Mayor announces new Arts and Music in Parks permit

May 30th, 2016


Great Heart Festival 2015 in Trinity Bellwoods Park

Earlier this afternoon, Toronto Mayor John Tory announced a new ‘Arts and Music in Parks’ permit, which will make it easier to animate the city’s parks with small-scale art and music performances. The new permit, which is available throughout the summer months, is intended to reduce red tape by creating a new, free permit category with expedited and simplified processing.

The announcement was made in Christie Pits Park, in partnership with the Toronto Arts Council and Toronto Arts Foundation. The Mayor was joined by Councillor John Filion (Ward 23 Willowdale), the City’s Arts Advocate, Councillor Mike Layton (Ward 19 Trinity-Spadina), Vice-Chair of the Parks and Environment Committee, and Claire Hopkinson, Director and CEO of Toronto Arts Council and Toronto Arts Foundation.

The Arts in the Parks initiative, which preceded and inspired this new permit, is a free outdoor initiative supported by the Toronto Arts Foundation that brings arts events (including music) to parks across the city.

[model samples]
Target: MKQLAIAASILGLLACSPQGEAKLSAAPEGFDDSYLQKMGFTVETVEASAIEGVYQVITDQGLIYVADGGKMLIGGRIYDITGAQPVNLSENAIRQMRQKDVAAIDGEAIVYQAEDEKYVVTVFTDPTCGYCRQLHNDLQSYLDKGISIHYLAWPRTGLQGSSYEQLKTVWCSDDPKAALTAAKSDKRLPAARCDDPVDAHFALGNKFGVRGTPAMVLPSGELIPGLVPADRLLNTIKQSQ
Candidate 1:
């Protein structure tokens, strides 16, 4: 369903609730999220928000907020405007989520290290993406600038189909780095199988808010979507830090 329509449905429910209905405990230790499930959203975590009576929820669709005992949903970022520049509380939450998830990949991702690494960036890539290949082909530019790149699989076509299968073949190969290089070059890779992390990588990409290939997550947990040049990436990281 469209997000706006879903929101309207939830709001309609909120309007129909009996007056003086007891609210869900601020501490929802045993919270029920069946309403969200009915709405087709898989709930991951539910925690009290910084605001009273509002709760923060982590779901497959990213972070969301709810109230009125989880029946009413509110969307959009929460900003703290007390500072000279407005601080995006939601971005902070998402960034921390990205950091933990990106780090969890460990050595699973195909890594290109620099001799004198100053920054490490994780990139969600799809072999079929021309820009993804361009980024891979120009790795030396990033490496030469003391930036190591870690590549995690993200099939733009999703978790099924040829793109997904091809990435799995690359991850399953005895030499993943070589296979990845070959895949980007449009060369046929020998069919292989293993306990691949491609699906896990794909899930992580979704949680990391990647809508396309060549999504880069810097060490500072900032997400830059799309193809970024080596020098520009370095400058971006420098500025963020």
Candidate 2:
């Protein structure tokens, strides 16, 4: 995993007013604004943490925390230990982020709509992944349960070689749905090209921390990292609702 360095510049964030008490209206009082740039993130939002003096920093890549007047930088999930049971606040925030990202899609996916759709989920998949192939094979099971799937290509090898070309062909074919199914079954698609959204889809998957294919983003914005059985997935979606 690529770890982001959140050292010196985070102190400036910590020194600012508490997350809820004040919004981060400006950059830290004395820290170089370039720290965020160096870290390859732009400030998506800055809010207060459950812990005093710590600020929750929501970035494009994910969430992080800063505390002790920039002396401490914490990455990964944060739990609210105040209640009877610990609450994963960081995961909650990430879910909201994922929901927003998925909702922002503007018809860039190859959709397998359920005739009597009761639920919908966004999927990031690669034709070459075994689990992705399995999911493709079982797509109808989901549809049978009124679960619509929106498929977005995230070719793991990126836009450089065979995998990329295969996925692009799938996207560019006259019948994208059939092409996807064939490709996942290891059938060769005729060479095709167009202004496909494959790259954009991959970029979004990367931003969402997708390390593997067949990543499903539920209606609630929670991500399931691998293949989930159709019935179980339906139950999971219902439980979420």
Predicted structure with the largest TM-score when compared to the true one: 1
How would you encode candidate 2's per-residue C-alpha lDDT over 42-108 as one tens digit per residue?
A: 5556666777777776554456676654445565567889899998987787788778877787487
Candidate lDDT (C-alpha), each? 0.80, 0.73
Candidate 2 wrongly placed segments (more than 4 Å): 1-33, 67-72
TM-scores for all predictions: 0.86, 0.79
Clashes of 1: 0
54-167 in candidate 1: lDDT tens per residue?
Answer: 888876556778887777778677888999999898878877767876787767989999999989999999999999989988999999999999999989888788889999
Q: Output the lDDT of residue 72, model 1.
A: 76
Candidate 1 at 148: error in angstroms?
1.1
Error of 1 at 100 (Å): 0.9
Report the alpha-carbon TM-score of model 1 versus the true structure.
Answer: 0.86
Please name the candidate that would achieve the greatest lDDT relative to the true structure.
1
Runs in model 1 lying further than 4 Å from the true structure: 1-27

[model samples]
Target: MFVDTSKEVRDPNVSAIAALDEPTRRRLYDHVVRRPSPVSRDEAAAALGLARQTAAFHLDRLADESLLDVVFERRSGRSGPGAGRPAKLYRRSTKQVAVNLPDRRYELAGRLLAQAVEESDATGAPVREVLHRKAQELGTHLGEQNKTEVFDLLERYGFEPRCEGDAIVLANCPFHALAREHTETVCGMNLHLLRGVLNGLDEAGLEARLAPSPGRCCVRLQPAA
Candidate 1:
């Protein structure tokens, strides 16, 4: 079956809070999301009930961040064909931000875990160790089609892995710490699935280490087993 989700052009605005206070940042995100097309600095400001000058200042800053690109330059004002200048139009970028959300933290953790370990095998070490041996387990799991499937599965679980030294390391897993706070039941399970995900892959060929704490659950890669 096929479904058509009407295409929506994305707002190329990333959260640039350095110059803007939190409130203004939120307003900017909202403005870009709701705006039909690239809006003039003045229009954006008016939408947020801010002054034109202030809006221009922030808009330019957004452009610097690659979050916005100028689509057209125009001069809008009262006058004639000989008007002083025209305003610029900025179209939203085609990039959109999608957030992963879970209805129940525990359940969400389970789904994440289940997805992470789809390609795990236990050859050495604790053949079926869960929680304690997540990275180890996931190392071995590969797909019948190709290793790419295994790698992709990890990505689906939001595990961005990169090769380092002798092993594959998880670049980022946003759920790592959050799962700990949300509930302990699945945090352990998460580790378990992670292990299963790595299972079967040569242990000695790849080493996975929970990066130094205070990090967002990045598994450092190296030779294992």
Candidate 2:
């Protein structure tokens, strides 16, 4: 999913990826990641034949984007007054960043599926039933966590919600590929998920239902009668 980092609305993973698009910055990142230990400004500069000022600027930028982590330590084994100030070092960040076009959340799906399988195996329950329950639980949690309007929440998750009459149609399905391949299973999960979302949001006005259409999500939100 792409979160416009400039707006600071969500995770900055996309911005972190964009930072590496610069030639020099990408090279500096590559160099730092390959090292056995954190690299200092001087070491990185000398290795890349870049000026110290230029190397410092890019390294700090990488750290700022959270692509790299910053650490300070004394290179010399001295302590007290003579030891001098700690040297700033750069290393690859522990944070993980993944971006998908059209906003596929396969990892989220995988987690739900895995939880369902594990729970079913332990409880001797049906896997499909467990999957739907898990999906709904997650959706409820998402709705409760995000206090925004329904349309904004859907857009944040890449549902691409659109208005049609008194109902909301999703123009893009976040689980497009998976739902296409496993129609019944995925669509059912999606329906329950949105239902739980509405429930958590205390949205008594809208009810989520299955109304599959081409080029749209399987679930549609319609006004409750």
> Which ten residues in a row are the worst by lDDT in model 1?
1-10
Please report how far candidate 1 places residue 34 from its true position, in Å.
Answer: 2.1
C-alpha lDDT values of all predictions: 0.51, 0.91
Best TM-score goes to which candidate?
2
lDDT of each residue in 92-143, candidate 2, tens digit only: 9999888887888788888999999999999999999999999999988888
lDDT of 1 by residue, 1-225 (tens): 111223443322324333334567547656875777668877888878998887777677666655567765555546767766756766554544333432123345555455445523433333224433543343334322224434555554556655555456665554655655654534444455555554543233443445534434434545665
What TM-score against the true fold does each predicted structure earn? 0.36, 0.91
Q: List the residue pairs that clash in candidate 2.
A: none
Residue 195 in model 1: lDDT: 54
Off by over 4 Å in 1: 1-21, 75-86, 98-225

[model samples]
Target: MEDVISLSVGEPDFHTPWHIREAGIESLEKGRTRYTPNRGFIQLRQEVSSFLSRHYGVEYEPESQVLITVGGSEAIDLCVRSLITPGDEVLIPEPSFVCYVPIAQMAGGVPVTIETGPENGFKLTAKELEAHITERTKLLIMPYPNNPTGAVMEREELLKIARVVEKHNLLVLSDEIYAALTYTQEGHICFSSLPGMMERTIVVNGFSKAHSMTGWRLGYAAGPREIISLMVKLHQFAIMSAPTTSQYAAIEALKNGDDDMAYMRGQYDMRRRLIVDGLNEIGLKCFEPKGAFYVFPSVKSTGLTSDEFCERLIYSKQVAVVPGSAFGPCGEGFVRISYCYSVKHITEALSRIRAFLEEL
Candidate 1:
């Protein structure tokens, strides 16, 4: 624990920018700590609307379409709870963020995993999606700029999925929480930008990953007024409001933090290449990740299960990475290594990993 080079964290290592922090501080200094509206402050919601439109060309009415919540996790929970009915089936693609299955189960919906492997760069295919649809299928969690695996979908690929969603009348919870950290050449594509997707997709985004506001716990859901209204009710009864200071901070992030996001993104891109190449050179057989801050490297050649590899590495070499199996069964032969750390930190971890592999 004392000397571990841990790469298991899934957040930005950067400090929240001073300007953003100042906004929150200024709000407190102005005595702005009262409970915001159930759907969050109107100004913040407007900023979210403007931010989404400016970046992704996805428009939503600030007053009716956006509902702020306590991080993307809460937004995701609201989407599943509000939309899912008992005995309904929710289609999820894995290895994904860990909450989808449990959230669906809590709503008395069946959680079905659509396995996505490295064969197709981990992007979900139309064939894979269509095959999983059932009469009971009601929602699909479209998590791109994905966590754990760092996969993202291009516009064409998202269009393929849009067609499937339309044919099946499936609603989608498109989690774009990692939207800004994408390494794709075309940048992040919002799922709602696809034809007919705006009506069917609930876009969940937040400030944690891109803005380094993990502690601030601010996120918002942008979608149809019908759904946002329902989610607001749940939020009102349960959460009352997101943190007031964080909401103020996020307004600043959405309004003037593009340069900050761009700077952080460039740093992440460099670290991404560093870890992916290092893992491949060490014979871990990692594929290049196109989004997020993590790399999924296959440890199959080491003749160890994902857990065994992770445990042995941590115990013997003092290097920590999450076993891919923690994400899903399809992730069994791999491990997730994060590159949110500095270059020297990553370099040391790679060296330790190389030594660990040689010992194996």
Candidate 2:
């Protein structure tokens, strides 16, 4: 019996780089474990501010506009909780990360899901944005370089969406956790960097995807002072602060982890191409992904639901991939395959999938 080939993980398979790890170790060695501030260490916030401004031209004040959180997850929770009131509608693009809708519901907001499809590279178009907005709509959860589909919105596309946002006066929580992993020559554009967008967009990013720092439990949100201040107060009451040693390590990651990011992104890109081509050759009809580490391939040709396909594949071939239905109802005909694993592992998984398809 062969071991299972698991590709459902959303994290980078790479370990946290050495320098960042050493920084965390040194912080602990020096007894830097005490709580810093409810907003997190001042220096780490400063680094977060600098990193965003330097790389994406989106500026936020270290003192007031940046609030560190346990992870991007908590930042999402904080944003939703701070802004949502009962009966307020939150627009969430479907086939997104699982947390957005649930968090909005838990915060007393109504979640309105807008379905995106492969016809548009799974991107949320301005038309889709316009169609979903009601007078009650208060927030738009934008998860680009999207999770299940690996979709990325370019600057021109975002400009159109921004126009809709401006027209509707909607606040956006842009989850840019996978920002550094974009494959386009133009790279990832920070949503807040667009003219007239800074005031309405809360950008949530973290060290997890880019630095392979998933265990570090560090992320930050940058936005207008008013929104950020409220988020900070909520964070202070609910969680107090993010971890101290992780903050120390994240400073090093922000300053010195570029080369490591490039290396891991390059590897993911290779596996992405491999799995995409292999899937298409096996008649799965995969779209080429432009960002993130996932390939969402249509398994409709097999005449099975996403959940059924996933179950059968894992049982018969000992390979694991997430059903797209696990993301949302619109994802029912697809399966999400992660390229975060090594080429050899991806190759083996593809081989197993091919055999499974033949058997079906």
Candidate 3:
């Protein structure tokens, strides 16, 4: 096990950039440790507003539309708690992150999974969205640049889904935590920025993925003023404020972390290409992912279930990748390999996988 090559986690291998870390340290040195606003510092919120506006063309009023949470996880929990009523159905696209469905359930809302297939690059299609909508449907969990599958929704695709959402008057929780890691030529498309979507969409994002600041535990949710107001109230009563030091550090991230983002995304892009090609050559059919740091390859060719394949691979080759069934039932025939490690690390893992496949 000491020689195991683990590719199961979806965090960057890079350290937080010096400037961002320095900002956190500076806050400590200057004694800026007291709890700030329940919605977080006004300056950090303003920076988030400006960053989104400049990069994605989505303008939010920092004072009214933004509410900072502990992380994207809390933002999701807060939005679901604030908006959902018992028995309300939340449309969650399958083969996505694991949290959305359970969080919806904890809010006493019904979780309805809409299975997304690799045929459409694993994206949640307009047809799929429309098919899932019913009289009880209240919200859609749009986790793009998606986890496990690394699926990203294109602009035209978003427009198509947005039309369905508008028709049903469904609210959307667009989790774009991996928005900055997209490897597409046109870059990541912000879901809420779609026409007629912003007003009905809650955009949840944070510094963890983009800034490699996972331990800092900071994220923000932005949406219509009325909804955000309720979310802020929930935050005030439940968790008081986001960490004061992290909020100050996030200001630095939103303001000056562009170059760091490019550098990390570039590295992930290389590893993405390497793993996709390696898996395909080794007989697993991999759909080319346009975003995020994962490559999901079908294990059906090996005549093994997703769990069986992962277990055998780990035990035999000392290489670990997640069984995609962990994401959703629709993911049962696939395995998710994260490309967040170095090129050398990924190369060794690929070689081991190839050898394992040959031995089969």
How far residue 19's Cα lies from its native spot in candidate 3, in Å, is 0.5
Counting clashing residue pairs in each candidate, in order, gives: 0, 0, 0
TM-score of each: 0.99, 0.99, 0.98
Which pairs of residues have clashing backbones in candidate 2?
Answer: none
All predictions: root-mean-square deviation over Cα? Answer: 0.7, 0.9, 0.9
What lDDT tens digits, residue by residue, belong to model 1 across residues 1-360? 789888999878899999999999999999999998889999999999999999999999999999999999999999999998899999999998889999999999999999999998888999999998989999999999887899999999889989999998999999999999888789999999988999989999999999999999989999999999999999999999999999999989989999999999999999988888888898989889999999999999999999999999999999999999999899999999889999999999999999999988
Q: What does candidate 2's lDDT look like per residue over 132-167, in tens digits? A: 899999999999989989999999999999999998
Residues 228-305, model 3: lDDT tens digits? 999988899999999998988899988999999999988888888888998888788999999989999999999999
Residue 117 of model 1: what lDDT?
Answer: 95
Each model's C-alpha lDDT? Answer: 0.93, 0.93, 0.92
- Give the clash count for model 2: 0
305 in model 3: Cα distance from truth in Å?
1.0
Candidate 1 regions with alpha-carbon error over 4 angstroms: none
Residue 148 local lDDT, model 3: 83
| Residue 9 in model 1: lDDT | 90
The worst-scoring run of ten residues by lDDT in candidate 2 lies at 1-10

“This new permit is an example of concrete steps we are taking to turn Toronto into a music city. This was based on advice we received from musicians themselves through Toronto’s Music Advisory Council and the Great Heart Festival, who had difficulty navigating bureaucracy at City Hall,” said Mayor Tory in a press release. “I want to continue to show our commitment to the city’s arts and music communities, and this new permit underscores this.”

The Arts and Music in Parks permit will put different kinds of arts in more than 20 different parks throughout the city, and these are not just limited to the downtown core. The pre-designated parks include locations in Etobicoke, North York, and Scarborough, too.

“This innovative initiative will give musicians and artists a chance to showcase their art with new audiences,” said Councillor Filion. “The partnership expands opportunities for residents to experience art and music, as well.”

“Making it easier for small-scale art and music events to take place in our parks will help to foster community, providing social spaces where neighbours can get to know each other. This is the kind of initiative that makes Toronto beautiful and our parks loved public spaces,” said Councillor Layton.